These people are good at managing others. They can adapt their approach on an individual basis because on some level they can recognize needs and the emotional state of their employees. And in all likelihood, they don’t even realize they are doing it. Solving problems in a team setting makes sense to them so they don’t mind working with other people. This often spills over into their hobbies, because team sports offer a similar environment in which they excel.

Promoting Interpersonal Intelligence is an overall goal of US Academic Triathlon. Though it may come to some people naturally, working with others usually takes practice. The emphasis on teamwork can be found all over the competition, and we reward positive behavior, such as listening to one another’s ideas, in the scoring. Of all the different intelligences, interpersonal savvy is one that can be cultivated during the USAT years and carried far into the competitors’ futures.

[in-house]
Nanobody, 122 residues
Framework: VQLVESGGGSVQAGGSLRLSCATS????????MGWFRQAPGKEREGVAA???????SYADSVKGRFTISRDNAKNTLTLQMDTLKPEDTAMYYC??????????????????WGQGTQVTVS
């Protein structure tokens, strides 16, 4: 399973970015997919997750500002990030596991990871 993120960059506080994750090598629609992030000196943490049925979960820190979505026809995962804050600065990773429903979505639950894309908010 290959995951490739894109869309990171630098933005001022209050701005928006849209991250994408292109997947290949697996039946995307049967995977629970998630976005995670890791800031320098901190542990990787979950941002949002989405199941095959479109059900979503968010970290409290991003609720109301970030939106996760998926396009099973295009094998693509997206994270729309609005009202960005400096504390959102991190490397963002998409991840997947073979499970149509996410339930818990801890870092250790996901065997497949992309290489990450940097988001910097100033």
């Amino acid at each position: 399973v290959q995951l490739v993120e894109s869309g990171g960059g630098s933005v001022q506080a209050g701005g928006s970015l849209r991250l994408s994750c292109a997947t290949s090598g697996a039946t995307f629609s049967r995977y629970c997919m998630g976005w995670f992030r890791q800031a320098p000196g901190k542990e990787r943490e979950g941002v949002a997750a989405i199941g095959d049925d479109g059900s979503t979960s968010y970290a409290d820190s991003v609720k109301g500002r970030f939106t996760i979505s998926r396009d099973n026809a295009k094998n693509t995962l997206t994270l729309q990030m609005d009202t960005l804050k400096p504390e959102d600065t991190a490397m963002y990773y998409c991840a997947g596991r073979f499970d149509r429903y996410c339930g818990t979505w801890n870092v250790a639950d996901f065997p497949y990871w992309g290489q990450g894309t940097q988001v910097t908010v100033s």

For the final installment of the Multiple Intelligences series, we’ll discuss the last of the eight, Naturalist Intelligence.

For Coaches and Teachers, For Parents, Multiple Intelligences, Resources

Musical Intelligence

As its name suggests, people who can count themselves among the musically intelligent love music. They will often have songs running through their heads, and find it easy to remember lyrics and melodies. Playing musical instruments and composing their own songs come naturally, and they often are adept at more than one style. Not surprisingly, they work as music instructors, composers, and musical performers.

People with Musical Intelligence are in tune with how things sound and the natural rhythms of the world around them. Speech patterns and intonation will stand out to them, and if a teacher or coworker has a shrill or monotonous voice, these people will notice and find it distracting. On the other hand, they can use rhythm and melodies to help them with rote memorization, such as using “Pop Goes the Weasel” to remember the Pythagorean Theorem.